How to open a care home

If you have both compassion and a good head for business, find out how to set up a nursing home here

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Good news: life expectancy is increasing with the average baby born today expected to live to 100.

Bad news: an ageing population means far more people dependent on the state at a huge cost to the taxpayer.

Pensions account for around 20% of government spending in 2018 and health a further 18%.

Fortunately, this means business is booming for the care home industry. Demand is surpassing supply – according to property consultants JLL, up to 3,000 elderly people in the UK won’t have had a bed at the end of 2018 – meaning the sector is wide open for new entrants to step in and plug the gap.

If you can combine compassion with a shrewd business brain, then get ready to find out how to run a care home.

Running a care home can be an extremely rewarding business opportunity, but it comes with a hefty dose of responsibility and hard work. Over the following pages, we’ll look at nursing home start-up costs, how you can make a profit, dealing with regulation and hiring the right staff.

But before we delve into how to set up a nursing home, here’s what you can expect to find from…

The UK care home market in 2018

According to a Competition and Markets Authority’s (CMA’s) study into residential and nursing care homes for older people in November 2017, the UK’s care home sector is worth around £15.9bn a year and is responsible for looking after more than 410,000 residents.

Around 41% of care home residents are ‘self-funders’ and pay an average of £846 per week (almost £44,000 per year).

According to the Office for National Statistics (ONS), demand is going to increase significantly, with the number of people aged over 85 expected to increase to two million by 2025. This represent a 36% rise from 2015.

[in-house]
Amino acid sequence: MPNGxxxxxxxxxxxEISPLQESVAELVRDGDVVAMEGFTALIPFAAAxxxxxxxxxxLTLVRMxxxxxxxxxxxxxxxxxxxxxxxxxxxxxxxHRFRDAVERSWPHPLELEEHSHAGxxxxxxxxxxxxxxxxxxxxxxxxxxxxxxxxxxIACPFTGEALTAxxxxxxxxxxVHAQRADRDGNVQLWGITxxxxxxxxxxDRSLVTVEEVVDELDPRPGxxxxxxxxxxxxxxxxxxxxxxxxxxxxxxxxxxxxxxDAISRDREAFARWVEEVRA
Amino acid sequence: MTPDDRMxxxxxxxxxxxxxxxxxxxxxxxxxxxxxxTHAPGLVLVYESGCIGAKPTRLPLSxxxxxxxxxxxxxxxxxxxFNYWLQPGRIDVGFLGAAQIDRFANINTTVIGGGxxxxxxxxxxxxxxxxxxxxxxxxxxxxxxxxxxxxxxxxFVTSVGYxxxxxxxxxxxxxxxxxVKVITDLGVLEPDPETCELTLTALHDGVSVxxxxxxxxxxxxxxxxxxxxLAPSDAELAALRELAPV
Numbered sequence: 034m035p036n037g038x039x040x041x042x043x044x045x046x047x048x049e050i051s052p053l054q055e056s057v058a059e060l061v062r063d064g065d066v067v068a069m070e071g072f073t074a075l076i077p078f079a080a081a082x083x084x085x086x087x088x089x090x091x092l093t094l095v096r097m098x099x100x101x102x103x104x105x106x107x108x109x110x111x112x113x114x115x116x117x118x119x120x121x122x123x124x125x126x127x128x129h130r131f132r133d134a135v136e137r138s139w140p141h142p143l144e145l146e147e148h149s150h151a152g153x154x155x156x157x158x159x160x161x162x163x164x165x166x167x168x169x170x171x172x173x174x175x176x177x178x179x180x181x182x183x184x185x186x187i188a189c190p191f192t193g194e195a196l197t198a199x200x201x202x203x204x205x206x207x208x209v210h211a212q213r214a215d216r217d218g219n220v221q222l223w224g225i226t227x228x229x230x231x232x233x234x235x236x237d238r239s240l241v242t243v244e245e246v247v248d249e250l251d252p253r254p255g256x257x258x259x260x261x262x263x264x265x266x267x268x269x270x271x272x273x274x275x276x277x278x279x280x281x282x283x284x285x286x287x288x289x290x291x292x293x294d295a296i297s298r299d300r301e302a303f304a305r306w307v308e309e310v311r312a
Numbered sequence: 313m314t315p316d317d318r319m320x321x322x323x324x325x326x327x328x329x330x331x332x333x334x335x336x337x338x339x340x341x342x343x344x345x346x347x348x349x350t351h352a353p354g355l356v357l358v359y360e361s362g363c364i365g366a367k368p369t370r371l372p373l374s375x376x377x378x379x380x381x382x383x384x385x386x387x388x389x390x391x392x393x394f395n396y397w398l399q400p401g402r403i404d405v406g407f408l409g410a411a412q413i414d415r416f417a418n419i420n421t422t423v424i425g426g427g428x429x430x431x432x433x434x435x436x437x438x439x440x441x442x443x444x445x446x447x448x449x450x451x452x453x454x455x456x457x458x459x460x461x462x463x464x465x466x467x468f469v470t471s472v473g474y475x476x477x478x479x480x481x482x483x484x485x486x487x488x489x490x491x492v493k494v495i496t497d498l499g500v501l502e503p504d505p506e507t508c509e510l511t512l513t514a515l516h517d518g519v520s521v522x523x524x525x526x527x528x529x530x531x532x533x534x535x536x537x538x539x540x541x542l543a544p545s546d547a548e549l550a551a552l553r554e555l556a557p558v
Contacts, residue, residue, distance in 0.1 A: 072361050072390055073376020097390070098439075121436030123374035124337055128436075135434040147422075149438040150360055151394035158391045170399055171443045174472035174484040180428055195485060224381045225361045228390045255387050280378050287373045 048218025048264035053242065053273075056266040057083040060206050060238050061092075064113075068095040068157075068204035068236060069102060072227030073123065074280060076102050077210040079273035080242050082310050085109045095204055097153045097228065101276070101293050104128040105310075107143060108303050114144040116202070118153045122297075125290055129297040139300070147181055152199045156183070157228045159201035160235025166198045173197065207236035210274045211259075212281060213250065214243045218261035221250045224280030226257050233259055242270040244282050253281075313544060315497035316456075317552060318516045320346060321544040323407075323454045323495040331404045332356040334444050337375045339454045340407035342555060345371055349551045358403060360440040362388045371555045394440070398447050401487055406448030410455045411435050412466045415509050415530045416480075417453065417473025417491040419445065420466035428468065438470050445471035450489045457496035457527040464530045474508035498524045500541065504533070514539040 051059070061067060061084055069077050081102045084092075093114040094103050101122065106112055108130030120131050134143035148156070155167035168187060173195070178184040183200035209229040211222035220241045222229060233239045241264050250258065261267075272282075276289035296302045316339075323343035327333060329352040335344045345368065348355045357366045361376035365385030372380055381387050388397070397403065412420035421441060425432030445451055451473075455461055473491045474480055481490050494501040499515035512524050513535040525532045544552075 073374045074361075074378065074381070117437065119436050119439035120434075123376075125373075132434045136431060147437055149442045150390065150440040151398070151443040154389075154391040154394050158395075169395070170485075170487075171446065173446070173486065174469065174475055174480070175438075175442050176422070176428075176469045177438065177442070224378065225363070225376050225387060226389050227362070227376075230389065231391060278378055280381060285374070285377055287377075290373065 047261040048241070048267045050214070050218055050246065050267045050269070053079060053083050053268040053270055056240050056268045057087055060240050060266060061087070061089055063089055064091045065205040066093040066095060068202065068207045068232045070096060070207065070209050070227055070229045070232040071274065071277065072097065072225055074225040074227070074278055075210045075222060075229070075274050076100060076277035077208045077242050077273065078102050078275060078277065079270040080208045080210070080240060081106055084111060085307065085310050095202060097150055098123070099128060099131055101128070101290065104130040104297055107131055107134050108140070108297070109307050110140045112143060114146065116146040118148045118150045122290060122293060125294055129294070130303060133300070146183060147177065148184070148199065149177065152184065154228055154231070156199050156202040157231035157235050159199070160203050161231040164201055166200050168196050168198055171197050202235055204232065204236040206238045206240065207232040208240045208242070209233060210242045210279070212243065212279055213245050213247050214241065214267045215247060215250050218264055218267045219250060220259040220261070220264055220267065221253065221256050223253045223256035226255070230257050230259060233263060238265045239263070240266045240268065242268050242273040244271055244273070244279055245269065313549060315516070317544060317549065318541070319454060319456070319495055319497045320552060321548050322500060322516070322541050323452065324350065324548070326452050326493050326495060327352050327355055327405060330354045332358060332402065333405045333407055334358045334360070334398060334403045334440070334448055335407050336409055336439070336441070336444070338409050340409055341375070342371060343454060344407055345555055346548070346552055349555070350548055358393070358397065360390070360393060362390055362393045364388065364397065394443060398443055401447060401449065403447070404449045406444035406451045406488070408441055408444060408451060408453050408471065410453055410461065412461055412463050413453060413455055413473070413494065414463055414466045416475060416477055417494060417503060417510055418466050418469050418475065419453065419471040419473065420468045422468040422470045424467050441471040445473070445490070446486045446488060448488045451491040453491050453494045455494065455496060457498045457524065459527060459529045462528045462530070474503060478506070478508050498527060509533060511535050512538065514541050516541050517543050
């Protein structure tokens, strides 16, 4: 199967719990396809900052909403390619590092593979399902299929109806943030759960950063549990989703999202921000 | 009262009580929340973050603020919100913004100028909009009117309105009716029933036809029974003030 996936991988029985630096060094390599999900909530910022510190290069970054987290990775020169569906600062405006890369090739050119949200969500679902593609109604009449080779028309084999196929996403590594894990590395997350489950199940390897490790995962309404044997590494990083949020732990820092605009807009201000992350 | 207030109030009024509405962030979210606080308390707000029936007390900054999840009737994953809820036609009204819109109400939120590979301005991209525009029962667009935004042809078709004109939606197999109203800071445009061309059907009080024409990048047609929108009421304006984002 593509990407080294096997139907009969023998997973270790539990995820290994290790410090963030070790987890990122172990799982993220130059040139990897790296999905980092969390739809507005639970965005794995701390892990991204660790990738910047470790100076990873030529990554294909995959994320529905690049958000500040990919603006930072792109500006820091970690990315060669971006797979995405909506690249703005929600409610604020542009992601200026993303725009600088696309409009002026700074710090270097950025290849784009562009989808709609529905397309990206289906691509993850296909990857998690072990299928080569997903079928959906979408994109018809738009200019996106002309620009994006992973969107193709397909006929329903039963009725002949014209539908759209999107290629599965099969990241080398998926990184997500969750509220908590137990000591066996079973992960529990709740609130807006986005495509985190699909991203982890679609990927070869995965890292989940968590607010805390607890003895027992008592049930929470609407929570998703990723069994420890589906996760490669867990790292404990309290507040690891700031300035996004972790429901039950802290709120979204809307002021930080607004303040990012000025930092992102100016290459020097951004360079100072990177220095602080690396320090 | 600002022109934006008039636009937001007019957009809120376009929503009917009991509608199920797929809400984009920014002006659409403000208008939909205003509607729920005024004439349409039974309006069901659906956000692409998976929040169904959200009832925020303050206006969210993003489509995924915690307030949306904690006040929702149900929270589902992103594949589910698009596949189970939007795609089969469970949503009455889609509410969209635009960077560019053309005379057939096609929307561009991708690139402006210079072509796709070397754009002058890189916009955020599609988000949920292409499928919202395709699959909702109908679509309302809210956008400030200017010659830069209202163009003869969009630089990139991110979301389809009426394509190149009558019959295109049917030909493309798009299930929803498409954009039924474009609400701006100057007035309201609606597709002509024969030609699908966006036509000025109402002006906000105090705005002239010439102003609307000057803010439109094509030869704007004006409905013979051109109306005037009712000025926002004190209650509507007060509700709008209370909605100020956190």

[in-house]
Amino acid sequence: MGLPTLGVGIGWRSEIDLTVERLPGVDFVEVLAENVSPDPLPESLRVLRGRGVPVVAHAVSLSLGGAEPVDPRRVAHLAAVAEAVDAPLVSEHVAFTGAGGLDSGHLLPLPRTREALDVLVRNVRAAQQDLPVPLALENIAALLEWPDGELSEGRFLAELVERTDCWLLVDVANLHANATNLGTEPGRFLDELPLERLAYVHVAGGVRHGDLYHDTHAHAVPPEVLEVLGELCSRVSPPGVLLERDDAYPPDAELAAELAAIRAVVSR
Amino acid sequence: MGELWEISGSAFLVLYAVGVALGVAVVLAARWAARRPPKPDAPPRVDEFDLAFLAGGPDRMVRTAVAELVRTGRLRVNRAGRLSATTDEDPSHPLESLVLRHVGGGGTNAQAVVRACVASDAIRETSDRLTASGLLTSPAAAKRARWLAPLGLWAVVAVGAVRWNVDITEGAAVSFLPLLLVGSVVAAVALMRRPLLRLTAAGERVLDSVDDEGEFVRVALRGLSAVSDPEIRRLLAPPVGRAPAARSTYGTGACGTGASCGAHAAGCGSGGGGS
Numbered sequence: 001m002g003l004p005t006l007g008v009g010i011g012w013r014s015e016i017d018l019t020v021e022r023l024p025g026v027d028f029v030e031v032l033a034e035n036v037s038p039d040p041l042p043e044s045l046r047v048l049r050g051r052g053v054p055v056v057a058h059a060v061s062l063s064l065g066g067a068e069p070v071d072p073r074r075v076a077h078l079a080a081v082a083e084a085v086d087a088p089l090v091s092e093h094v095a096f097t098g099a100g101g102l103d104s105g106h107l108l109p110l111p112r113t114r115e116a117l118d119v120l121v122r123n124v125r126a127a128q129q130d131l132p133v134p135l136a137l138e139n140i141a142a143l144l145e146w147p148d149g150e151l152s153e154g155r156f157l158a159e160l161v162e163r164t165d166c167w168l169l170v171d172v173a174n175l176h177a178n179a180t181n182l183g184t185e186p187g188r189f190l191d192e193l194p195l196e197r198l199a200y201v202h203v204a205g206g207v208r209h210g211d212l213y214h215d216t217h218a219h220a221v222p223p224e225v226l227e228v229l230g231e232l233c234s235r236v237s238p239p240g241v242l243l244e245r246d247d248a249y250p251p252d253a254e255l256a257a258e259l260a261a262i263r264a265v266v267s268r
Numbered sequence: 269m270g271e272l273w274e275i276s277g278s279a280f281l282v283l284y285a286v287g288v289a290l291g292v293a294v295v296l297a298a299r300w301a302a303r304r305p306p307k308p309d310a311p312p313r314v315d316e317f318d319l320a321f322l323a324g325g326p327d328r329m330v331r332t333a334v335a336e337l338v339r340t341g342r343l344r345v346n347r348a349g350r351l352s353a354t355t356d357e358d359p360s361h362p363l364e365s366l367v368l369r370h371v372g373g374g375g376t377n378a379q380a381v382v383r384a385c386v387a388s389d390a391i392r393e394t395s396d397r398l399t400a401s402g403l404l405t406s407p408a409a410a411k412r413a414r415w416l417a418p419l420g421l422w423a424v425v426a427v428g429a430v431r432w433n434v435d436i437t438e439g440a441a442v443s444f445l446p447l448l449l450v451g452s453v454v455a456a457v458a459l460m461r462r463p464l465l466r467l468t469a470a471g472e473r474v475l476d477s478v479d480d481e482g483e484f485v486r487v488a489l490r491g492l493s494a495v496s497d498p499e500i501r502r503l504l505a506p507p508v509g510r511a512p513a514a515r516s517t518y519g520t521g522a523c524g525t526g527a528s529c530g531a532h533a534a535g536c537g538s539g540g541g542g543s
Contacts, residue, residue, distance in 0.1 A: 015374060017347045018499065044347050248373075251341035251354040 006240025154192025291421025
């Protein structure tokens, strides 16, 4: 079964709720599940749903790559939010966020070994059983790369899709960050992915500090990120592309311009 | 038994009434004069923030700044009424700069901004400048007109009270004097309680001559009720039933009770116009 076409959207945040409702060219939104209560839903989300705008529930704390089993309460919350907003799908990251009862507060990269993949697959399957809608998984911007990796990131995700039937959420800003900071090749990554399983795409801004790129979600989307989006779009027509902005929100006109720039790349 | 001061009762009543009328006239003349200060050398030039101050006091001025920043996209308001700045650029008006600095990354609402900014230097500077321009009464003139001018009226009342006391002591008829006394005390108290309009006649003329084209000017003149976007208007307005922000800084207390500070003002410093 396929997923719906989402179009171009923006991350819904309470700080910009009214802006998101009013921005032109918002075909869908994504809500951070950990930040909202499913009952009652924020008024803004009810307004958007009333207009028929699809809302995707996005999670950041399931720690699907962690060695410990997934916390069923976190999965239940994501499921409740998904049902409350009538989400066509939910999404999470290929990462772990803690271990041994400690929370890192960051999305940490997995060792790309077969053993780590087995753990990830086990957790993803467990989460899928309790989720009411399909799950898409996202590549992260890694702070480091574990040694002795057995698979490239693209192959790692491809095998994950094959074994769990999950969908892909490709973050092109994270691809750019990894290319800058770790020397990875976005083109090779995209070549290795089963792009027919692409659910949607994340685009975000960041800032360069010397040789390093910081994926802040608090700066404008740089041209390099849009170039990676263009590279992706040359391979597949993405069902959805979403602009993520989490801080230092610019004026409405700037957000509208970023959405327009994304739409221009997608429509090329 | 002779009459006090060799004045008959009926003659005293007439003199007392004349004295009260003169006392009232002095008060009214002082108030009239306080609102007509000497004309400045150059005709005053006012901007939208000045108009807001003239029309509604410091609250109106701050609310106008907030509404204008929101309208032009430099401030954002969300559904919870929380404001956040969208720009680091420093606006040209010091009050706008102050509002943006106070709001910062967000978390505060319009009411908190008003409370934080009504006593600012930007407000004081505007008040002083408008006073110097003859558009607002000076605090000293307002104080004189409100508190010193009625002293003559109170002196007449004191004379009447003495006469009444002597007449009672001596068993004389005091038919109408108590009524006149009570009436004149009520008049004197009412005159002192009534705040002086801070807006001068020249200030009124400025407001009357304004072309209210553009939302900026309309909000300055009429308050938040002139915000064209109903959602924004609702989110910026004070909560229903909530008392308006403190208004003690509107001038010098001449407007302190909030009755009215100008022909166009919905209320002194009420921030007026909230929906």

The CMA identified a number of specific concerns about the way UK care providers have been treating residents including:

  •        A lack of pricing information on websites
  •        Providing contracts too late or not at all
  •        Charging large upfront fees and deposits
  •        Suddenly increasing fees after a resident has moved in
  •        Expecting fees to be paid for an extended period after a resident’s death
  •        Asking residents to leave at short notice

These areas of weakness are easily rectified. There’s ample opportunity for a new provider to step into the place with better ways of doing things. Doing so could set you apart from a what seems to be a growing culture of unfair practices in the care home sector and win you dissatisfied customers.

Who should run a care home

Running a care home is not a business venture that should be undertaken lightly. Looking after people at the end of their lives is a huge responsibility and should be treated as such.

Unfortunately, the UK care industry has had its fair share of chancers in recent years, looking to make a buck at the expense of the dignity and comfort of those in their care.

If you are driven purely by a wish to make money then you won’t go far in this game. Compassion is a must and a genuine desire to enhance the lives of your residents rather than just provide a room and treatment. This should extend to the people you employ as well.

With that attitude your return on investment won’t just be a financial one, it will be a personal one.

Care home business plan

A carefully considered business plan can mean the difference between success and failure for a new business.

You should detail your objectives, mission, overheads etc. Starting a care home is an expensive business so you might want to include plans for finding finance if you don’t have the capital up front.

Download our business plan template here.

Nursing home start-up costs

Starting a care home is not a lean start-up model. Your primary consideration is going to be finding a suitable building and location.